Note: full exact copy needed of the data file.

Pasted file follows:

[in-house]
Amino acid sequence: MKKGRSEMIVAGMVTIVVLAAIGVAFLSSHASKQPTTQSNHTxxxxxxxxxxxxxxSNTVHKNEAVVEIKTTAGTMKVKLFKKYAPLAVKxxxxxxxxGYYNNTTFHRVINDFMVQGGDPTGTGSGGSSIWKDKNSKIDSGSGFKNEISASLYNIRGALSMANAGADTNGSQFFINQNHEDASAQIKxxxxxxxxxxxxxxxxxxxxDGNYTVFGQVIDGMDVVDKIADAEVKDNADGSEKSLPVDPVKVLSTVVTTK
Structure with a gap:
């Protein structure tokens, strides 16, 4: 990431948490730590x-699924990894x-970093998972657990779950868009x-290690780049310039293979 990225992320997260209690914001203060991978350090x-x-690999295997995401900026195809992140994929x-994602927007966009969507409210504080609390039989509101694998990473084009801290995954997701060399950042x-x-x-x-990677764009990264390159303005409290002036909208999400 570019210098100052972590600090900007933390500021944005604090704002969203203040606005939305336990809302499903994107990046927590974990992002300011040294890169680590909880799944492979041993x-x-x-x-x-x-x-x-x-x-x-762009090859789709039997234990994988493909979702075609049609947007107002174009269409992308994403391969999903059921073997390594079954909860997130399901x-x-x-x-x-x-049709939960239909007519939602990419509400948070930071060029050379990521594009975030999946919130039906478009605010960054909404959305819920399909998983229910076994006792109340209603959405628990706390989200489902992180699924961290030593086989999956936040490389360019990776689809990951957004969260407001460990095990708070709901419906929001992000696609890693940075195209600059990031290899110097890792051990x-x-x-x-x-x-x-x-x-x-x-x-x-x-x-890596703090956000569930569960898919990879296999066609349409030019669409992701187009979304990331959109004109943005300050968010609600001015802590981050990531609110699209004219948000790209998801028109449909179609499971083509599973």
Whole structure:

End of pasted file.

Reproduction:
[in-house]
Amino acid sequence: MKKGRSEMIVAGMVTIVVLAAIGVAFLSSHASKQPTTQSNHTxxxxxxxxxxxxxxSNTVHKNEAVVEIKTTAGTMKVKLFKKYAPLAVKxxxxxxxxGYYNNTTFHRVINDFMVQGGDPTGTGSGGSSIWKDKNSKIDSGSGFKNEISASLYNIRGALSMANAGADTNGSQFFINQNHEDASAQIKxxxxxxxxxxxxxxxxxxxxDGNYTVFGQVIDGMDVVDKIADAEVKDNADGSEKSLPVDPVKVLSTVVTTK
Structure with a gap:
């Protein structure tokens, strides 16, 4: 990431948490730590x-699924990894x-970093998972657990779950868009x-290690780049310039293979 990225992320997260209690914001203060991978350090x-x-690999295997995401900026195809992140994929x-994602927007966009969507409210504080609390039989509101694998990473084009801290995954997701060399950042x-x-x-x-990677764009990264390159303005409290002036909208999400 570019210098100052972590600090900007933390500021944005604090704002969203203040606005939305336990809302499903994107990046927590974990992002300011040294890169680590909880799944492979041993x-x-x-x-x-x-x-x-x-x-x-762009090859789709039997234990994988493909979702075609049609947007107002174009269409992308994403391969999903059921073997390594079954909860997130399901x-x-x-x-x-x-049709939960239909007519939602990419509400948070930071060029050379990521594009975030999946919130039906478009605010960054909404959305819920399909998983229910076994006792109340209603959405628990706390989200489902992180699924961290030593086989999956936040490389360019990776689809990951957004969260407001460990095990708070709901419906929001992000696609890693940075195209600059990031290899110097890792051990x-x-x-x-x-x-x-x-x-x-x-x-x-x-x-890596703090956000569930569960898919990879296999066609349409030019669409992701187009979304990331959109004109943005300050968010609600001015802590981050990531609110699209004219948000790209998801028109449909179609499971083509599973």
Whole structure: